Bell: I was pretty good. But sometimes that’s overblown. I loved all sports – basketball, Ping Pong. I was a darned good Ping Pong player. That was something they allowed you to do at summer music camp – play Ping Pong.
Q. Jascha Heifetz played Ping Pong.
Bell: That’s true. But he was a sore loser. I heard that he lost a game at a party, so he locked his whole class out of the house.
Q. (laughter) That sounds like Heifetz.
In some ways, you’re very different from Heifitz. When he played, he tried not to move at all.
Bell: That’s true. But he was so efficient. We all revere him. Every time after I hear him, I feel that I have learned to play better. He set the bar so high. It’s not just how perfectly he played. His sound, the sizzle, was something that inspires still.
Q. Are there any major violin pieces you have never played?
Bell: There are many. That’s a wonderful thing about the violin repertoire. If I had practiced more as a teenager instead of playing video games and sports, there’d be a lot fewer pieces left to do – but there are many. Bartok, Shostakovich, many of the Romantic works that are a little more obscure. The other Bruch concerto, there are lots. So I will never get to them all. I’d nice to know that there are plenty on my list.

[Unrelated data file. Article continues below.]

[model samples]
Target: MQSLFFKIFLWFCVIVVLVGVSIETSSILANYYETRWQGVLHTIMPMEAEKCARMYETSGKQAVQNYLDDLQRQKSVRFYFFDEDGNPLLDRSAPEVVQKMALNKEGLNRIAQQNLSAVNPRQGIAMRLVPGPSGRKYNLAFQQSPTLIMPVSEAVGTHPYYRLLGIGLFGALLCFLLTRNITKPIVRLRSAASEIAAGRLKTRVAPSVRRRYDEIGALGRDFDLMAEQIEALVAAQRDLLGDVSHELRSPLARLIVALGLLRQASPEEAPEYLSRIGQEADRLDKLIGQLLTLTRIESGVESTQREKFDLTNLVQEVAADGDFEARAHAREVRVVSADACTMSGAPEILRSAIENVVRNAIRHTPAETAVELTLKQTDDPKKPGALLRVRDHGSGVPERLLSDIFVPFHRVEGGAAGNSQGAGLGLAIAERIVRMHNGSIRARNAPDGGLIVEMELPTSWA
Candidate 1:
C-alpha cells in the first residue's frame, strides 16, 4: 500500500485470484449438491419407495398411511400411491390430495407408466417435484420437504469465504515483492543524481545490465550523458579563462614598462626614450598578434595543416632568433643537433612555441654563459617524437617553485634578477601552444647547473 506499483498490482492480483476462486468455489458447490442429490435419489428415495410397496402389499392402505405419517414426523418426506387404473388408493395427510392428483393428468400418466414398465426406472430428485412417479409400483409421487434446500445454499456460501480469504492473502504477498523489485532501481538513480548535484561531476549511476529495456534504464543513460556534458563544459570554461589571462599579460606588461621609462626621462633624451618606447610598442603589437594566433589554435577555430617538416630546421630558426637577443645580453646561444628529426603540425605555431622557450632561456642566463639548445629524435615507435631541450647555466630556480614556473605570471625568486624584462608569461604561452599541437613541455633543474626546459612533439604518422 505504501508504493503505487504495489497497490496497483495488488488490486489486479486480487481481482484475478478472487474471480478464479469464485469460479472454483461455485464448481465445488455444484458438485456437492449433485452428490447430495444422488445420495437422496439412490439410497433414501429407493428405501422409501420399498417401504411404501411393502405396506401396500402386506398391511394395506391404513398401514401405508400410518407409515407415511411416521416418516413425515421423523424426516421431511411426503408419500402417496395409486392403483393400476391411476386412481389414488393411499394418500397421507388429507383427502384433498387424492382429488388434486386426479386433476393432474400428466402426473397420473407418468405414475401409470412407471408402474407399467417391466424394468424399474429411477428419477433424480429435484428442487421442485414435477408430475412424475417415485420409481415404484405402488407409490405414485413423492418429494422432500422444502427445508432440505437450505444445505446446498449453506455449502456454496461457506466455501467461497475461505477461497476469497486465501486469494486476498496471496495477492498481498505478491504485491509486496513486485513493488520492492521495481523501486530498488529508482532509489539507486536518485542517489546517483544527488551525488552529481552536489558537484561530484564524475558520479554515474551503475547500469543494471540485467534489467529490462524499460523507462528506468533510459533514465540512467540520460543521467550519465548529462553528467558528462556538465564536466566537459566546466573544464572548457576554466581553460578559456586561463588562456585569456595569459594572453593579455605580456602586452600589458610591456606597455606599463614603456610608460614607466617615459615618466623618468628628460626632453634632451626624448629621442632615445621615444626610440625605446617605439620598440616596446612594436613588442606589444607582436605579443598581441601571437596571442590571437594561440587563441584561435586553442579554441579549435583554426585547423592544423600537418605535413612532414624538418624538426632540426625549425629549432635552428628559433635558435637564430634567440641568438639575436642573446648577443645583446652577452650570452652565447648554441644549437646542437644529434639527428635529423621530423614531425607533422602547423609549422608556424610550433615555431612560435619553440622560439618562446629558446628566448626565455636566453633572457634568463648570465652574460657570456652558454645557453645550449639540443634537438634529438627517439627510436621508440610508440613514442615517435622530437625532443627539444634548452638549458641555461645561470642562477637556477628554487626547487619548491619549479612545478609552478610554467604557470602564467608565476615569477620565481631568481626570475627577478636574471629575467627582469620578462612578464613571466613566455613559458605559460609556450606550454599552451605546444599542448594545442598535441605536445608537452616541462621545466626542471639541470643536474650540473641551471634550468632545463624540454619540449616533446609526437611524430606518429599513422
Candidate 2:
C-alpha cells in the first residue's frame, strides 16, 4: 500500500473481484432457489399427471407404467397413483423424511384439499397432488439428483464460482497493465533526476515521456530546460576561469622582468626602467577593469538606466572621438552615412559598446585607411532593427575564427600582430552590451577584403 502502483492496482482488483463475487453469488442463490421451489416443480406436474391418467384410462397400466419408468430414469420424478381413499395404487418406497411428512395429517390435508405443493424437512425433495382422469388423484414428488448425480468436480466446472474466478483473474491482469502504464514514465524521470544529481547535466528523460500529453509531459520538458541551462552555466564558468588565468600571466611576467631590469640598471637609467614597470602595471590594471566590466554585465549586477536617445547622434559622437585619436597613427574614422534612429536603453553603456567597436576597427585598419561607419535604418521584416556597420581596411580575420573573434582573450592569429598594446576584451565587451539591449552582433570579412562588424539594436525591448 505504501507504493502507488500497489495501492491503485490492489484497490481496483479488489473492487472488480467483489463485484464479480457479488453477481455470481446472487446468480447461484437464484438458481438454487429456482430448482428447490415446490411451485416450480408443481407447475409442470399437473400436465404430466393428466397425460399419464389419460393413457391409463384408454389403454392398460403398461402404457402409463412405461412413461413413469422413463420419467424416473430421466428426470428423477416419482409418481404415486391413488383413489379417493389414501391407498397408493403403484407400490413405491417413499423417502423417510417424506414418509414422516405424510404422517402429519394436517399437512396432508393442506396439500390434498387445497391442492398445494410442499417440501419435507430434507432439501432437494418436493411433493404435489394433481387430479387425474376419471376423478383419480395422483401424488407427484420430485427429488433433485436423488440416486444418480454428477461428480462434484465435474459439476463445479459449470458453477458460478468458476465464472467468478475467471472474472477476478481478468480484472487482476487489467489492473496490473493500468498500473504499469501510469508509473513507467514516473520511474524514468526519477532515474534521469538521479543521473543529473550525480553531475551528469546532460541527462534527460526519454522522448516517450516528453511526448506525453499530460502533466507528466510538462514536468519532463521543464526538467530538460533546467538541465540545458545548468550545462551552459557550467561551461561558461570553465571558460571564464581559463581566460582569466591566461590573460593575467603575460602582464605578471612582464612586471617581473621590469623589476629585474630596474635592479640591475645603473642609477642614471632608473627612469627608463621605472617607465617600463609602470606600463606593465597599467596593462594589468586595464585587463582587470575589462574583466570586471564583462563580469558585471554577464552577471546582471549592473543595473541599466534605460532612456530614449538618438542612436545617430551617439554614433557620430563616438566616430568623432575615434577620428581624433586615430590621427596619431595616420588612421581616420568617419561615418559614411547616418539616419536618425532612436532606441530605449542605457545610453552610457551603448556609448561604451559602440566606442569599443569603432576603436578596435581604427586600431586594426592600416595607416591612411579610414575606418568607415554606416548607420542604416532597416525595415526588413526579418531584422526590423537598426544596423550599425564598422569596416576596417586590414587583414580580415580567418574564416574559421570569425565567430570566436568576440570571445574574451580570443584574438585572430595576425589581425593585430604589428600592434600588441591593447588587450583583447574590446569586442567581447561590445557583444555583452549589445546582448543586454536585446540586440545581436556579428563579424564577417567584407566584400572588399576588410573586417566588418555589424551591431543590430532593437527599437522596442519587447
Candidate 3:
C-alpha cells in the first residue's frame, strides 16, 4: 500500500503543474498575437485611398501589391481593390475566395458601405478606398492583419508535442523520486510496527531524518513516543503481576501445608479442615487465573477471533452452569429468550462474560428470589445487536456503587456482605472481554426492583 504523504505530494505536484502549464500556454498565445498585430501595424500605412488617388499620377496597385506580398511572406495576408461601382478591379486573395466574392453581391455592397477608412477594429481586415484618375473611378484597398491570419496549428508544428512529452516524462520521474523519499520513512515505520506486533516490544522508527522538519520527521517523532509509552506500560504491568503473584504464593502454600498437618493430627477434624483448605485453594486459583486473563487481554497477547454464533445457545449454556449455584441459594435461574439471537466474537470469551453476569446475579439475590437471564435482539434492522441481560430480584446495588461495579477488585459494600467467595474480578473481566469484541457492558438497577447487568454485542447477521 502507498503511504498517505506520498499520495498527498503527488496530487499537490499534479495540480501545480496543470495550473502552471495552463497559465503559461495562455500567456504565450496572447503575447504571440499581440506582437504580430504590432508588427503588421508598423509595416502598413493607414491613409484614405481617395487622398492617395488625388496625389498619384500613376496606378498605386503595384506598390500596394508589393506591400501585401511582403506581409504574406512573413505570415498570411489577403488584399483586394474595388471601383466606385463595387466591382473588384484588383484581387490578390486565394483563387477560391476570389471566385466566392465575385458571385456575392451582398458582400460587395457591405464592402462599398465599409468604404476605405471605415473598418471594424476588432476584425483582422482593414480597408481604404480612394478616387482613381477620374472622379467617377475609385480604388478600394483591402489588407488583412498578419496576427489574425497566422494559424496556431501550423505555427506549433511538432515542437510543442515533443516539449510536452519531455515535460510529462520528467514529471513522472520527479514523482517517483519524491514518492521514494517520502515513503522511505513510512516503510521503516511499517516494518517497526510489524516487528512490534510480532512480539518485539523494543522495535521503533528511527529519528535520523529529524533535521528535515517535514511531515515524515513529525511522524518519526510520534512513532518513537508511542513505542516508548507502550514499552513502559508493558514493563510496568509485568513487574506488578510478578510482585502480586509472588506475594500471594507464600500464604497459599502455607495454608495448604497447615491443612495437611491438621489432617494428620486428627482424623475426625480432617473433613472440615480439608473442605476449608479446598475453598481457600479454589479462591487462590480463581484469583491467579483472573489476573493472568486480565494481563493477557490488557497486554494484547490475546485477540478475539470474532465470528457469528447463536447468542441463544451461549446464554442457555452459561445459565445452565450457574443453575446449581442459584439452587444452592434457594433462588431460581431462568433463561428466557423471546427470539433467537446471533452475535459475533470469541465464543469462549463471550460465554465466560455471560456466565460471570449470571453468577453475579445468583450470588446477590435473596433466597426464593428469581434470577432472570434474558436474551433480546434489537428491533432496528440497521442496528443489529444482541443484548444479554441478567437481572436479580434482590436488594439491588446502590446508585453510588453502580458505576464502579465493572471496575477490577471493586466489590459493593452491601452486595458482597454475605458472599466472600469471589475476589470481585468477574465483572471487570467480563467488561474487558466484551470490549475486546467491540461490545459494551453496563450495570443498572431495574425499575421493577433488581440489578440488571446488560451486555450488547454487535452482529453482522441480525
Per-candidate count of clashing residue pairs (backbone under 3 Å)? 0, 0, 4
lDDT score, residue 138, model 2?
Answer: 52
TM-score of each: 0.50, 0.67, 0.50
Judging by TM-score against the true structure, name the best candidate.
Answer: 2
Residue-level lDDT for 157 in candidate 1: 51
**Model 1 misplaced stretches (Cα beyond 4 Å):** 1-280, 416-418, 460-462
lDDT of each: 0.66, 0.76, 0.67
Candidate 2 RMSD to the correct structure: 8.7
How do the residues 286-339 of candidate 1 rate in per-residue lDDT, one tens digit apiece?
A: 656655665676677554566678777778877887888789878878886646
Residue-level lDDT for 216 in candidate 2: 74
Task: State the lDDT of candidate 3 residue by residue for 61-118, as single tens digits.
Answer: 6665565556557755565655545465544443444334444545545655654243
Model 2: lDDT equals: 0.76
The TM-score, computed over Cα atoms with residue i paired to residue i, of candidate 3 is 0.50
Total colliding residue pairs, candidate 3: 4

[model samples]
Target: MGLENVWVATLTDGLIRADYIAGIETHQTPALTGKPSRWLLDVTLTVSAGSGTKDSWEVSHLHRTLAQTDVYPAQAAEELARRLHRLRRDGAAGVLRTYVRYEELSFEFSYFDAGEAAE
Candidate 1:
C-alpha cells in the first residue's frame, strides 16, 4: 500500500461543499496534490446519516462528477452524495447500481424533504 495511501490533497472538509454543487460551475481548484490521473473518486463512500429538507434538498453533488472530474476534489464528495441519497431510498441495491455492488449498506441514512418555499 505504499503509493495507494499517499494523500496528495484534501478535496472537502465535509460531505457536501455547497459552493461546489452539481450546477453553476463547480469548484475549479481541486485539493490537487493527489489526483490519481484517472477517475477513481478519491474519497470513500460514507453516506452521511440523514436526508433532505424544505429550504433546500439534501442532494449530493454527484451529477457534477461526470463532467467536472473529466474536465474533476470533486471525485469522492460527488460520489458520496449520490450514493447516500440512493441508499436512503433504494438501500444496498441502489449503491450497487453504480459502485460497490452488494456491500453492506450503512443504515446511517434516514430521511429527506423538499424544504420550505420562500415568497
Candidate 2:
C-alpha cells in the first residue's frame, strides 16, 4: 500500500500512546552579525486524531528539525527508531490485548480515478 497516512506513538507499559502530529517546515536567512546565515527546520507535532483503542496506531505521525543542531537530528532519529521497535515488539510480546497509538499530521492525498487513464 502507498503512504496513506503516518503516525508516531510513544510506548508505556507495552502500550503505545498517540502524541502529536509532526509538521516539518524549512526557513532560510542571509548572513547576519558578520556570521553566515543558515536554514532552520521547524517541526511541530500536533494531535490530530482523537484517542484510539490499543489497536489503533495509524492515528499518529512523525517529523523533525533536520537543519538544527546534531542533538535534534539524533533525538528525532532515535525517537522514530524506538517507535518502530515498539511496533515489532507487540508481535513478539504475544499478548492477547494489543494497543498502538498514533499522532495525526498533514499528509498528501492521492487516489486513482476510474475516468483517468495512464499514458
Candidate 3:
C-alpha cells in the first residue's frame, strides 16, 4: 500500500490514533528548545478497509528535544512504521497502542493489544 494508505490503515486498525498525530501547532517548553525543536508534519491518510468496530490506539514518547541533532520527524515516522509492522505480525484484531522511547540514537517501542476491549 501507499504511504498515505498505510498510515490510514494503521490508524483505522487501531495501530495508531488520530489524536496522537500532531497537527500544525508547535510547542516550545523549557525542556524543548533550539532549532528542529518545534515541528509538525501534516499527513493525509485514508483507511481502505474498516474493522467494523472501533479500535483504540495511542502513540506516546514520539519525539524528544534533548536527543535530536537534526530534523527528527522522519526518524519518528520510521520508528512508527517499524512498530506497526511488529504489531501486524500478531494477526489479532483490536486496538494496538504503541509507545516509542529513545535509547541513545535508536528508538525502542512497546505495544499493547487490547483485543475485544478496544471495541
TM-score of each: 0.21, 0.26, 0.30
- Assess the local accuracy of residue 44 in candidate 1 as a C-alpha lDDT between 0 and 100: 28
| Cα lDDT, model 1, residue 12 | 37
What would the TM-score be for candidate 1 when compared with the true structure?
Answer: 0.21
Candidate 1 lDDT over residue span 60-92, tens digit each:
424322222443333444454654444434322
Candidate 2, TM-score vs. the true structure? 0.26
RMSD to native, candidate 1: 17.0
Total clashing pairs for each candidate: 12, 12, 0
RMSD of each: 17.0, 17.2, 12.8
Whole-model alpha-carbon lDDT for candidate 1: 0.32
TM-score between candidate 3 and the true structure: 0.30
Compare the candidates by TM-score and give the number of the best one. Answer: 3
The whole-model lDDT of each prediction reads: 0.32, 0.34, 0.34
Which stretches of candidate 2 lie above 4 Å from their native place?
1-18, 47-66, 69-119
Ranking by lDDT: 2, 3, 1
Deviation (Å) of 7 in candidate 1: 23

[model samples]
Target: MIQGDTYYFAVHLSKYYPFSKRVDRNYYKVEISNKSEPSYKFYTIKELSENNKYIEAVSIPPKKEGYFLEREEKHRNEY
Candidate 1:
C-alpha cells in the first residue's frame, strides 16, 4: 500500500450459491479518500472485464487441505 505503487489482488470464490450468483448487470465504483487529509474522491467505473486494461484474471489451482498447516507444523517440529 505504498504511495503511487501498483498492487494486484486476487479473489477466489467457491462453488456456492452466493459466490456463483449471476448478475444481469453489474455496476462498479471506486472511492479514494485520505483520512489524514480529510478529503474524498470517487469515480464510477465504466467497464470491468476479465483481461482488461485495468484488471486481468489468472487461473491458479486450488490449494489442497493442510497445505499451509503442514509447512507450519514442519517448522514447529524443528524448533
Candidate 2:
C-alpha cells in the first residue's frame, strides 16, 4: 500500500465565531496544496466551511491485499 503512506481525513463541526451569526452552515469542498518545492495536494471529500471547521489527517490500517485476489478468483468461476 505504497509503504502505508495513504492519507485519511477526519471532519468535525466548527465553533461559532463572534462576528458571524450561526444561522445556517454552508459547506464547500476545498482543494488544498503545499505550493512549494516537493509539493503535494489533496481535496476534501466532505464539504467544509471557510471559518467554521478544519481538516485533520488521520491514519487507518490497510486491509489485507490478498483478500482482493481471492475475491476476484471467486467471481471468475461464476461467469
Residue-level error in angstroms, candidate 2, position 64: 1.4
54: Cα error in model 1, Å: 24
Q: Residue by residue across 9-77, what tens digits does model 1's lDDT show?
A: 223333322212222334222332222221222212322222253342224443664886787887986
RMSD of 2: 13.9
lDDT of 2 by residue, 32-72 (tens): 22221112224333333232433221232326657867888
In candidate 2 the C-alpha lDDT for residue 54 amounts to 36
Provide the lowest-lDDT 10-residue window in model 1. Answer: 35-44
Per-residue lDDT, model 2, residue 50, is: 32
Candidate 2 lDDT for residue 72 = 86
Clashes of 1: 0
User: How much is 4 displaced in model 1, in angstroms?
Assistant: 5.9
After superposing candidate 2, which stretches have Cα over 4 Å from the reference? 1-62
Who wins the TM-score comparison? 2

Q. Did you read that recent article that claimed that famous violins, like your Stradivarius, are not really all that superior?
Bell: What were the criteria?
Q. I guess it must have been as blind test.
Bell: When it comes to violins, blind tests don’t really mean anything. A great violin opens up a palette of colors and sounds that allows the violinist to make music in a more profound way. And believe me, if I could find a non-Stradivarius violin that worked as well, I would sell my Strad, pocket the money, and buy myself a block in Manhattan. It really makes a huge difference. And it’s so wonderful that there’s something like a Stradvarius violin that was made 300 years ago that’s still so far superior to anything we can find today. The reasons? Who knows. There are wonderful violin-makers today, and maybe someday they will create something magical.
Q. I don’t know whether you ever look at the Internet, but the comments from the public about music and musicians are often incredibly rude and nasty.
Bell: That’s disillusioning. I think that’s a phenomenon of the Internet and the anonymity of the Internet that people show such disrespect. To go to a Heifetz video and have people slamming him without any respect at all, and saying about young musicians, ‘Oh, this person sucks” and “You should listen to so-and-so’s performance and this is the only way to play it.” My teacher Gingold when he lived in Manhattan in the ‘20s would bribe the ushers in Carnegie Hall to stand in the back and listen to everybody concertogoer who came through. And they worshipped Heifetz and Kreisler. They didn’t sit there and say, “Heifetz played it better than Kreisler.” I really don’t think there was that frame of mind. It really bothers me. There’s room for lots of interpretations and you could at least show respect for musicians putting themselves out there. It’s easy to hide behind your computer and trash somebody. It’s not so easy to get up in front of an audience.
[To read public comments about Bell, click here.]